Comments are due May 23 and can be e-mailed to financialliteracycouncil@do.treas.gov, or mailed in triplicate form to the President’s Advisory Council on Financial Literacy, Office of Financial Education, Room 1332, Department of the Treasury, 1500 Pennsylvania Ave NW, Washington, DC 20220.

Inside Washington (05/07/2008)

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* WASHINGTON (5/8/08)--Matthew Feldman was appointed Tuesday as president/CEO of the Chicago Federal Home Loan Bank (FHLB) after serving as interim president. On April 11, Mike Thomas, FHLB Chicago’s previous CEO, resigned after merger discussions with FHLB Chicago and FHLB Dallas ended. Feldman previously worked as vice president of operations and administration. He joined the bank in 2003 ...

Indiana credit unions back winners in primaries

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INDIANAPOLIS (5/8/08)--Two incumbent Congressmen won elections in the Indiana Primary Tuesday with support from the Indiana League and Hoosier credit unions. In Indiana’s 5th Congressional District Republican Primary, Congressman Dan Burton won by 52% to 45%. With the Indianapolis television and radio media covering his remarks live, he thanked credit unions within the first few sentences of his victory speech.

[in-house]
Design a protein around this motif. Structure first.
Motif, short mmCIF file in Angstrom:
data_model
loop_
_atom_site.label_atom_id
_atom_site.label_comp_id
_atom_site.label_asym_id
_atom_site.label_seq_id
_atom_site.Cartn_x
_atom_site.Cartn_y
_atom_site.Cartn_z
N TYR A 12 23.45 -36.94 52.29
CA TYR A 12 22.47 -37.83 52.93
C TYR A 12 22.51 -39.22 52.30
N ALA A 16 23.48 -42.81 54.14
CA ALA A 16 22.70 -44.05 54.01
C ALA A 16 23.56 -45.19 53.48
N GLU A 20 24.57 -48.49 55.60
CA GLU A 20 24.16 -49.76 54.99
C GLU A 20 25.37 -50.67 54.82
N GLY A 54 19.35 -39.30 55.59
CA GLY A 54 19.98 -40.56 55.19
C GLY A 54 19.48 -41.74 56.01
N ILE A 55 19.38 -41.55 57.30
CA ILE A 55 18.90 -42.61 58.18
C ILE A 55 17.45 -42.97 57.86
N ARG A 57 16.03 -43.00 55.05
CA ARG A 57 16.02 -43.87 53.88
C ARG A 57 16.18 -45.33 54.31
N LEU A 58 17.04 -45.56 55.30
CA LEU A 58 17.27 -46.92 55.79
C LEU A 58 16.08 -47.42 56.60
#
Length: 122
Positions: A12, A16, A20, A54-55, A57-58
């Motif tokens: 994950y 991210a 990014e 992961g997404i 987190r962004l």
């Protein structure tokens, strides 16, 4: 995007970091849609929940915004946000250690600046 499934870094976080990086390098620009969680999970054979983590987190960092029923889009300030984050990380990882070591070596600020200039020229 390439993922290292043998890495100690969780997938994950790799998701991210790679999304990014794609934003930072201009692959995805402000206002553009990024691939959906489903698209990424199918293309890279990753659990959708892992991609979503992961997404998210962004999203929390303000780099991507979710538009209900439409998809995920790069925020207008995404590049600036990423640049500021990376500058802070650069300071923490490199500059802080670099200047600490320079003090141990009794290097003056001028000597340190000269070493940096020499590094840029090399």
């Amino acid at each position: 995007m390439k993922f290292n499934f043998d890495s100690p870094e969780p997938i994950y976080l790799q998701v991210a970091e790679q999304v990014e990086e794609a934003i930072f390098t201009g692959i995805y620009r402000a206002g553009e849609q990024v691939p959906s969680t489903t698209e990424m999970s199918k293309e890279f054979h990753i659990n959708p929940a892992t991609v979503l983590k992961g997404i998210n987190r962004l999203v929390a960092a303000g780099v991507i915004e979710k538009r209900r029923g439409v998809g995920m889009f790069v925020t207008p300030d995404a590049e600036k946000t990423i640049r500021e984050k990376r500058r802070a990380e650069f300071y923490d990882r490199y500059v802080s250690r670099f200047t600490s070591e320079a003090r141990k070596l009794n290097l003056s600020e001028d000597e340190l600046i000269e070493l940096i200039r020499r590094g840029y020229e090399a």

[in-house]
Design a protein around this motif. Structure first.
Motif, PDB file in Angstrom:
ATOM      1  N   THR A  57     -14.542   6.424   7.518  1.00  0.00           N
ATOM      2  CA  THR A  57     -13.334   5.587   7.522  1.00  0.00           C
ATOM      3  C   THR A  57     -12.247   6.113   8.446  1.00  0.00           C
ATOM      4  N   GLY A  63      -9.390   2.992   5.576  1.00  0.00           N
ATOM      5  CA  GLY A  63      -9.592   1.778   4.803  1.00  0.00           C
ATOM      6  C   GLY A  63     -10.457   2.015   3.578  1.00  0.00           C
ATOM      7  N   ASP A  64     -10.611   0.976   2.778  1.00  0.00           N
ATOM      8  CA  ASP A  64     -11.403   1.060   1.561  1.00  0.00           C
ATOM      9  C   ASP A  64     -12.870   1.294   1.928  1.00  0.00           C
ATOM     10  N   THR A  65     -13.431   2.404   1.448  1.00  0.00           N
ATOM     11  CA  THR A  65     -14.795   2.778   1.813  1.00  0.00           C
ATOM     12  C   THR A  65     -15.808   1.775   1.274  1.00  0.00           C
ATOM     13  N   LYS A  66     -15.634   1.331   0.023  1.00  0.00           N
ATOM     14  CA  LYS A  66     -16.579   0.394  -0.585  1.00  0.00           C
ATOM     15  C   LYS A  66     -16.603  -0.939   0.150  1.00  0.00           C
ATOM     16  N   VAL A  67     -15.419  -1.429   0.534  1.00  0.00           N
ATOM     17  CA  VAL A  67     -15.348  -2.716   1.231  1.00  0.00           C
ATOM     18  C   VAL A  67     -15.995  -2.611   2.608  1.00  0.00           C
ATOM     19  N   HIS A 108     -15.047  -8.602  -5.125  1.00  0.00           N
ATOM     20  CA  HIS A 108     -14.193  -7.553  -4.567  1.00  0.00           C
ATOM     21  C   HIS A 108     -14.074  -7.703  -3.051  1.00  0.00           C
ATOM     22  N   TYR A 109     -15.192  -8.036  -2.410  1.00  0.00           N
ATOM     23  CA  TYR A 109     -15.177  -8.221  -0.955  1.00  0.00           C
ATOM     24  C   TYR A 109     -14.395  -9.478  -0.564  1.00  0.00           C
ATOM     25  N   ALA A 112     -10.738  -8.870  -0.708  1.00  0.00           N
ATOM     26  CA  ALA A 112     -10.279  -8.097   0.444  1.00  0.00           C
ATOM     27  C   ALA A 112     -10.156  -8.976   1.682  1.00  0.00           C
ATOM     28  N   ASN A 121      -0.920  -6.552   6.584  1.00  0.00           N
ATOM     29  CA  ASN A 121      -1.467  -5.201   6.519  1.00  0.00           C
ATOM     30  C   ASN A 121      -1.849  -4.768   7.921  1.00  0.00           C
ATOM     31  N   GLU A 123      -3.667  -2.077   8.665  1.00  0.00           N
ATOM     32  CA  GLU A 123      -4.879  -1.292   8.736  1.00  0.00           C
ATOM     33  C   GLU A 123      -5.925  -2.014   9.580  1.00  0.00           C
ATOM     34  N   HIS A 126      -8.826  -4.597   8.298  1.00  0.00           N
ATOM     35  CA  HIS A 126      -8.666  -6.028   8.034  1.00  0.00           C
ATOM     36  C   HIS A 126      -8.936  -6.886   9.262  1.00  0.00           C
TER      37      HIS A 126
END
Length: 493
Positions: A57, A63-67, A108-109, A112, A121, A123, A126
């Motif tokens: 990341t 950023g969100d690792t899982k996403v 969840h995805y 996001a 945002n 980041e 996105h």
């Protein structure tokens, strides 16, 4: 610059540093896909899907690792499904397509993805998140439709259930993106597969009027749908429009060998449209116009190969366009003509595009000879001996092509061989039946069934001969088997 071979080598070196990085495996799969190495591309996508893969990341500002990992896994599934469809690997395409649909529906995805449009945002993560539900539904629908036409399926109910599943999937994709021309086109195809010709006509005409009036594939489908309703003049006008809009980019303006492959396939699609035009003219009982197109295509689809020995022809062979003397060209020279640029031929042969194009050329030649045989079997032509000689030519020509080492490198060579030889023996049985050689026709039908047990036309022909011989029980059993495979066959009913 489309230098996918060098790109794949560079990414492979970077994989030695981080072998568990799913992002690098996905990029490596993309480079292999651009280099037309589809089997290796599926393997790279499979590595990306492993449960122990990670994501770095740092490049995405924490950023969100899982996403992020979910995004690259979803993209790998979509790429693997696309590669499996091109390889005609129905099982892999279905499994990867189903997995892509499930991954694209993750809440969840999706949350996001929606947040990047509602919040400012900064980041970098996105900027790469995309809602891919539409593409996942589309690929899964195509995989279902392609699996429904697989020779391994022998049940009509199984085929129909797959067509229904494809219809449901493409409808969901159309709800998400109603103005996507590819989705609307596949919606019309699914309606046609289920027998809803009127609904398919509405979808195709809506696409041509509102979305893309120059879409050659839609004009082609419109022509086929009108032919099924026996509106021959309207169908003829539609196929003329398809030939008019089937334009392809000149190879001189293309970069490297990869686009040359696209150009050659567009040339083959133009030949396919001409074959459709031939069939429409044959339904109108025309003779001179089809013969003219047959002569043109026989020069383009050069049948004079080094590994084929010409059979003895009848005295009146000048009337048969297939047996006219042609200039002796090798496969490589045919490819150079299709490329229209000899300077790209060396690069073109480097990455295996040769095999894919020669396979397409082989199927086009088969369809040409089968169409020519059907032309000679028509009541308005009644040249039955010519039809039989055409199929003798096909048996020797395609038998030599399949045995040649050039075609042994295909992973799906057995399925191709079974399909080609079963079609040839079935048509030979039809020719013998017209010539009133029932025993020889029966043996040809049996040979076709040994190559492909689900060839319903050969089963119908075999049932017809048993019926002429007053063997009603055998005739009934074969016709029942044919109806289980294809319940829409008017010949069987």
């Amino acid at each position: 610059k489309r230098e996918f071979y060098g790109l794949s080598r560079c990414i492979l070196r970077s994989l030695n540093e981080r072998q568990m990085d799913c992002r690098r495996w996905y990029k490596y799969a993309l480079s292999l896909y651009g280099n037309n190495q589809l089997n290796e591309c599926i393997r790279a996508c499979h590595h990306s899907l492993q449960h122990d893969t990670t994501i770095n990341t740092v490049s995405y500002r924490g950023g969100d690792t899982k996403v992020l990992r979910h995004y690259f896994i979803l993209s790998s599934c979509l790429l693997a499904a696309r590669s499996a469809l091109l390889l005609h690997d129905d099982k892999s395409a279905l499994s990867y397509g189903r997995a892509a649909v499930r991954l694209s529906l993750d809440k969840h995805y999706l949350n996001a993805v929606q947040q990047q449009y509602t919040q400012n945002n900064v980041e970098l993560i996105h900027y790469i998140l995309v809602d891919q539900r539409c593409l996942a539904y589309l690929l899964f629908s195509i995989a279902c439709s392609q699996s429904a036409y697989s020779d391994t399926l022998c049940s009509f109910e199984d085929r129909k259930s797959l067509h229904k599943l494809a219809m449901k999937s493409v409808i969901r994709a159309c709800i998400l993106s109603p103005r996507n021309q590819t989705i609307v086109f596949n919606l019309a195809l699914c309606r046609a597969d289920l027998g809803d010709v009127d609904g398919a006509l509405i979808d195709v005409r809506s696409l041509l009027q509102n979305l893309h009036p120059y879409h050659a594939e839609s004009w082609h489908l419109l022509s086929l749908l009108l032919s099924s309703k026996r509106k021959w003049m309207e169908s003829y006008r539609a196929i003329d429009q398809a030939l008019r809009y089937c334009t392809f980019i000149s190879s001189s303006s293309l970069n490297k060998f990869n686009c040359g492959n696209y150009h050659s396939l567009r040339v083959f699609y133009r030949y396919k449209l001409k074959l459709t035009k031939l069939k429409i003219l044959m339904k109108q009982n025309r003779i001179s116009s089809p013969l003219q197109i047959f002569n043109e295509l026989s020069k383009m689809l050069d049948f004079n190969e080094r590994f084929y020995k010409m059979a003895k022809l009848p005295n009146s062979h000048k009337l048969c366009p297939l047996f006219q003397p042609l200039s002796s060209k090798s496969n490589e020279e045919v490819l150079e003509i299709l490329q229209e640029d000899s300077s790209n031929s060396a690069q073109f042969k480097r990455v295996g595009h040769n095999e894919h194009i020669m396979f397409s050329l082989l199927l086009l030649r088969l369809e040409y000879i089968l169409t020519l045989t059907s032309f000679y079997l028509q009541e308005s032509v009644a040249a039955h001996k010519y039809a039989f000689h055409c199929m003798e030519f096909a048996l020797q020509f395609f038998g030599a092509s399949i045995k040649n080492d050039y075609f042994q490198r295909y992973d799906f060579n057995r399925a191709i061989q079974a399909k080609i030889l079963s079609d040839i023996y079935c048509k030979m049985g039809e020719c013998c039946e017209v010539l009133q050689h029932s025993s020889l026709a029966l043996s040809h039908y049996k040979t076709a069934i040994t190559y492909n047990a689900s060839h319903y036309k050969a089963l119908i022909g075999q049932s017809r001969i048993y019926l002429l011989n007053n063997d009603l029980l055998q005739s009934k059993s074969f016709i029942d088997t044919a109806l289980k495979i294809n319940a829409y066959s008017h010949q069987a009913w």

Congressman Dan Burton, left, and Indiana League President John McKenzie. (Photo provided by the Indiana Credit Union League)
League President John McKenzie attended the Burton Campaign’s election night gathering and said, “Credit unions had an opportunity to help his campaign in an unusual year when his re-election was not assured, so it was great to be able to help such a strong credit union supporter.” The league held a luncheon with Burton in March, where the Burton Campaign was able to raise significant campaign funds from representatives of credit unions and the league. Burton is one of only three current members of Congress who was an original co-sponsor of the Credit Union Membership Access Act (H.R. 1151) in 1997 and is now an original co-sponsor of the Credit Union Regulatory Improvements Act (CURIA, H.R. 1537). In Indiana’s 7th Congressional District Democratic Primary, Congressman Andre Carson won a tough four-way race. Carson holds a seat on the House Financial Services Committee which was previously held by the late Julia Carson, his grandmother. Indiana credit unions supported Andre Carson before the special election he won in March, and again in the primary. “When we met with him in February prior to the special election, and since he began serving in Congress these past few months, Rep. Carson has expressed support for credit unions and has responded very positively to our views during legislative developments,” said McKenzie. “We look forward to building further on our good relationship with him.” The Credit Union Legislative Action Council gave each campaign $10,000.